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By now, we think it's safe to say that art, in all its forms, is a powerful tool for empowerment, protest, and celebration. And music, is arguably one of the most exceptional tools of them all. It is, after all, a universal language that unites us all.
Here at TNC we are no strangers to boundary breaking musicians, in fact, we kind of have a soft spot for them. How could we not? It is basically impossible not to be inspired by someone's work when, on top of being an absolutely masterful piece of music, the message it puts across is passionate, cohesive, and on top of that it impels the world to do better, to be better.
This is exactly what Camae Ayewa, aka Moor Mother, aims to do with her work. Moor Mother is a poet, musician, and activist from the US, from Philadelphia to be precise.
Ayewa is very much dedicated to using her talent for the greater good, as a part of the collective Black Quantum Futurism, which uses artistic and wholistic methods of healing such as writing, music, visual art, and creative projects as means of exploring cycles of experience, and transformative solutions.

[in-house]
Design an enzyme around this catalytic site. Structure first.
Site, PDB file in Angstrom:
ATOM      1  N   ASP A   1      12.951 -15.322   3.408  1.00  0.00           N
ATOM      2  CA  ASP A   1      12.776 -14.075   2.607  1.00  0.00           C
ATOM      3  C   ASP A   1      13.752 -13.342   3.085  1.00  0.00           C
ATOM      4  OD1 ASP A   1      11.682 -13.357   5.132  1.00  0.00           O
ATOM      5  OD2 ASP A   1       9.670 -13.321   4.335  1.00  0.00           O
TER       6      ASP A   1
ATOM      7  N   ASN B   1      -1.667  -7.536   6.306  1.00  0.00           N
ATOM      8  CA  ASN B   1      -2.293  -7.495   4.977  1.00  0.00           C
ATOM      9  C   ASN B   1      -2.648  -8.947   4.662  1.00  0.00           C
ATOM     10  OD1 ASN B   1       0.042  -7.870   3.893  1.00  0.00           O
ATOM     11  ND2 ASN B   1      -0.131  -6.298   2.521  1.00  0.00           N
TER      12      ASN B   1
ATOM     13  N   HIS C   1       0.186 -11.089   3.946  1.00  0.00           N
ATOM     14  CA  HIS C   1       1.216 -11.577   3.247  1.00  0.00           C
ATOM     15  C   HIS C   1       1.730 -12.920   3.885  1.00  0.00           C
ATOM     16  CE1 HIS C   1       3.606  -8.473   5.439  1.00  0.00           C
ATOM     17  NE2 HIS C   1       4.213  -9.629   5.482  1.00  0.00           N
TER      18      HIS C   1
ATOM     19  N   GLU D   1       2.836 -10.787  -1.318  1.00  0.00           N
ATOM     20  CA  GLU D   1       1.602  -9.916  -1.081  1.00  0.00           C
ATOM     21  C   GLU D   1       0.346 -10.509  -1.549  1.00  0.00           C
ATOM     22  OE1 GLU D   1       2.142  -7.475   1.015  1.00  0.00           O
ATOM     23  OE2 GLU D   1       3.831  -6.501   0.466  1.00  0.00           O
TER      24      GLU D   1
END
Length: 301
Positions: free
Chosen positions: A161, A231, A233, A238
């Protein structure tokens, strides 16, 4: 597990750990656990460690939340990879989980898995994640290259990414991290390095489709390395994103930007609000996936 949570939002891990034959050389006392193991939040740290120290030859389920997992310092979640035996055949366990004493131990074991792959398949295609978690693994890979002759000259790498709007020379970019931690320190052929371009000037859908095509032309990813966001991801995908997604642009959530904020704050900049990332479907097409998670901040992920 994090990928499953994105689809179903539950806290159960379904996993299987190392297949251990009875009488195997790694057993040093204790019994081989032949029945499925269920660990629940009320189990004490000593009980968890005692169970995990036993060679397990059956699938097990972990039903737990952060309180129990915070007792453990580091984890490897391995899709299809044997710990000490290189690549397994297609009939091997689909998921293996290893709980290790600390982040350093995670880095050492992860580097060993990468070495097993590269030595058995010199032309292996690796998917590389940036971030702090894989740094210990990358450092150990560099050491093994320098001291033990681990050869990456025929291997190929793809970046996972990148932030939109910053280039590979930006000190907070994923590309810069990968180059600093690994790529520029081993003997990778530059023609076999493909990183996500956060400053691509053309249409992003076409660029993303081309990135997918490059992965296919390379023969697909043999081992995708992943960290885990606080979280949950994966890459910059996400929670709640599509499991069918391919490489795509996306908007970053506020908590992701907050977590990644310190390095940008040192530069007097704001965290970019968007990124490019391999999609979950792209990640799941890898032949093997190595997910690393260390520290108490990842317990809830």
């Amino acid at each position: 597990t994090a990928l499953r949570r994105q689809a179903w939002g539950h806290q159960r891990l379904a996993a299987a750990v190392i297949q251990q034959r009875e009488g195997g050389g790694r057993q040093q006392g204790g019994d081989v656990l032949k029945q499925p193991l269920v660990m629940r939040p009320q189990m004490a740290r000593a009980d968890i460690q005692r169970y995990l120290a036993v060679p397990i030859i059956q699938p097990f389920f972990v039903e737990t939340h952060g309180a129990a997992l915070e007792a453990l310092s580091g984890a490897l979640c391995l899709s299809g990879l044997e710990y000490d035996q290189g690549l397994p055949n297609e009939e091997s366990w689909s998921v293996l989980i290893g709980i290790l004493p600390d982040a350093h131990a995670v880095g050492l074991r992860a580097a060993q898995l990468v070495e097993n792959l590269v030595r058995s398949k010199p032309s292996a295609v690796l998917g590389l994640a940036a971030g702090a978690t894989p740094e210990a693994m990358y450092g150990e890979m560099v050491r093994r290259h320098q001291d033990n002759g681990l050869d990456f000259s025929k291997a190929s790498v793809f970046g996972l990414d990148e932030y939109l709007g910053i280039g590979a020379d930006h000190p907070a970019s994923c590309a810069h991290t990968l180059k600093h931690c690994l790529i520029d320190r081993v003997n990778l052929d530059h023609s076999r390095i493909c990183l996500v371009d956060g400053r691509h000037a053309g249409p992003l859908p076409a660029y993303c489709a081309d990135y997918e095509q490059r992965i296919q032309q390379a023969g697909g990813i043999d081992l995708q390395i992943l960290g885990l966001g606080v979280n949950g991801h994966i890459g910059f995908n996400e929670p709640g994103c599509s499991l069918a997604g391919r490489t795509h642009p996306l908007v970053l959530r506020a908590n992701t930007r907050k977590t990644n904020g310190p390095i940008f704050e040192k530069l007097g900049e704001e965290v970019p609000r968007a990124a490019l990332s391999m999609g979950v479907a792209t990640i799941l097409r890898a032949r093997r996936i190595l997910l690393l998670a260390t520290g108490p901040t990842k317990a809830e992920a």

She also co-leads Irreversible Entanglements, a liberation oriented, free jazz collective.
Her first solo studio album, 2016's Fetish Bones, was released alongside a 122-page poetry book praised by the likes of Pitchfork, Rolling Stone, and The Wire. Since then, Moor Mother has released five more solo studio albums as well as projects with Irreversible Entanglements, compilation albums, and collaborations.
So why are we telling you all of this? Well, we simply want you to be aware of the powerhouse that is Moor Mother, and the value, and substance, of her work, so that you will truly be able to appreciate what we're about to show you...
Ahead of Moor Mother's new album titled Black Encyclopedia of The Air, set to be released in September, Ayewa has released not one, but two remarkable tracks.
The first one, which came out in early June, is called Zami. According to the artist, it "speaks of agency and something beyond freedom. It speaks of another future. It speaks about connections free from the stains of colonialism. It speaks about the expansive temporalities of Afro Diasporan people around the world.”
The second one, Obsidian, features rapper Pink Siifu and it delves into the violence one might see themselves surrounded by, not only in their communities, but in their homes too.
One thing's clear, Moor Mother does not shy away from hard-hitting topics.
With that being said, make sure you keep an eye out for Black Encyclopedia of The Air, out September 17th! And if you want to make sure you'll get your copy, Pre-order it album here.